Chewing tobacco will cause the following to your mouth:

  1. Stained teeth- Your teeth will look ugly.
  2. Bad breath- Your mouth will stink.
  3. Tooth decay- Tobacco juice and added sugars for flavor cause cavities.
  4. Loss of taste and smell- Can’t enjoy food.
  5. Gum recession and gum disease- Gums loss and teeth will fall out.
  6. Leukoplakia- Premalignant white patches on gums that can lead to cancer.
  7. Cancer- Tobacco contains 28 cancer causing chemicals.

If you use any type of tobacco you need to stop immediately! Smoking 1 cigarette causes 1.8 milligrams of nicotine to be absorbed into the blood, while a pinch of chewing tobacco allows 3.6 to 4.5 milligrams of nicotine to enter the bloodstream. Nicotine is highly addictive. Upon entering the bloodstream, it immediately stimulates the adrenal glands to release epinephrine, which stimulates the brain to increase blood pressure, respiration, and heart rate, giving the user a “kick”. Nicotine, just like heroin and cocaine, also increases the levels of the neurotransmitter, dopamine, which control the brain’s reward and pleasure pathways. Although there is more nicotine in chewing tobacco, research has shown the withdrawal symptoms are equivalent. Nicotine is toxic and is actually the tobacco plants natural insecticide against being eaten by insects. For centuries gardeners have used a home-made mixture of tobacco and water to kill insects.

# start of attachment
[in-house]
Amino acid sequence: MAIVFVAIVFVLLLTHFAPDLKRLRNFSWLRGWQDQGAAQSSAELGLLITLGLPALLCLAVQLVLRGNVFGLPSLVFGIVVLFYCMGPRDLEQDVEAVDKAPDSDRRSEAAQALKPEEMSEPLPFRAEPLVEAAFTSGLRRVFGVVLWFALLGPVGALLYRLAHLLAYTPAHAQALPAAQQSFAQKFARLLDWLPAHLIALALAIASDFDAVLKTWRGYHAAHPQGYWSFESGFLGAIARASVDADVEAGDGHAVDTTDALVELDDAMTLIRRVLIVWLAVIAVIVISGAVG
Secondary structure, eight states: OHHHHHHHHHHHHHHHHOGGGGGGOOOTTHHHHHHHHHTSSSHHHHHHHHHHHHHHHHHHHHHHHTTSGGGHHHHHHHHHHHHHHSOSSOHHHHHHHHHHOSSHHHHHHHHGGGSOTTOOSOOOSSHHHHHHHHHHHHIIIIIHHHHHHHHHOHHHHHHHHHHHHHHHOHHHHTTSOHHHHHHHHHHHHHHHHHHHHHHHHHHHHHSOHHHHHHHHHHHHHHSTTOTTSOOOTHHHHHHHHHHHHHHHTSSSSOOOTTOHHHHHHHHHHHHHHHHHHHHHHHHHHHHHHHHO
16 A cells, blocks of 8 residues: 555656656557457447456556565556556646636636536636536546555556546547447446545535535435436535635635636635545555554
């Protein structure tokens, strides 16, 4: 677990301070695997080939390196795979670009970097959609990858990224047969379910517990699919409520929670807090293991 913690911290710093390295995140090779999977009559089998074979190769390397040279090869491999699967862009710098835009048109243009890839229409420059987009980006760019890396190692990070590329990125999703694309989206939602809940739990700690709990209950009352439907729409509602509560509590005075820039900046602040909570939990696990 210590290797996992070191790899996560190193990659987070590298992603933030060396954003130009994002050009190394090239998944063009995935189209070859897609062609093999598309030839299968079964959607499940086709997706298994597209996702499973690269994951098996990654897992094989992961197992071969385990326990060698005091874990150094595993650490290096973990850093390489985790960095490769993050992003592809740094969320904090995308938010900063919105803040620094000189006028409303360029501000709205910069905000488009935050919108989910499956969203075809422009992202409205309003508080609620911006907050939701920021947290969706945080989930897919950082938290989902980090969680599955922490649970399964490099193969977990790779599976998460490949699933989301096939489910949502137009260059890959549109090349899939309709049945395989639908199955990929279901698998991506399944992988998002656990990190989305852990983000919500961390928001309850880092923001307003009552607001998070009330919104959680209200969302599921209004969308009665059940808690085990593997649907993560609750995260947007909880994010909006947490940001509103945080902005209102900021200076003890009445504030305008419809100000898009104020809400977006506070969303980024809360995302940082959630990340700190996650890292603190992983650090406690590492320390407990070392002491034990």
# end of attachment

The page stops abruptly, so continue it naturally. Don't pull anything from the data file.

In order to stop, you need to set up a Quit Date and come up with a Quitting Plan! In my opinion, the best way is to decide you really want to quit. Get psyched up and do it! Quit “cold turkey” or try slowly cutting back by using less and less each time and switch to a product containing less nicotine. Substitute sugar free gum or sunflower seeds. Surround yourself with a support group of people who do not use tobacco. Visit your dentist and get your teeth cleaned so your mouth feels fresh and clean. Exercise and keep busy.

Quitting will be difficult. Nicotine is about as addictive as heroin and crack cocaine, and more addictive than crystal meth, alcohol, and cocaine. You have become physically and emotionally addicted and quitting causes unpleasant withdrawal symptoms. These include:

  1. dizziness
  2. depression
  3. anxiety
  4. feelings of frustration
  5. impatience and anger
  6. irritability
  7. trouble sleeping
  8. difficulty concentrating
  9. restlessness, headaches, tiredness
  10. increased appetite, weight gain
  11. slower heart rate

For those that need extra help, consult your dentist or primary care physician to discuss if any medicines can help. Using some form of nicotine replacement therapy such as nicotine gum, patch, lozenges, inhaler, or nasal spray can double your chances of quitting. Here are some medicines to consider: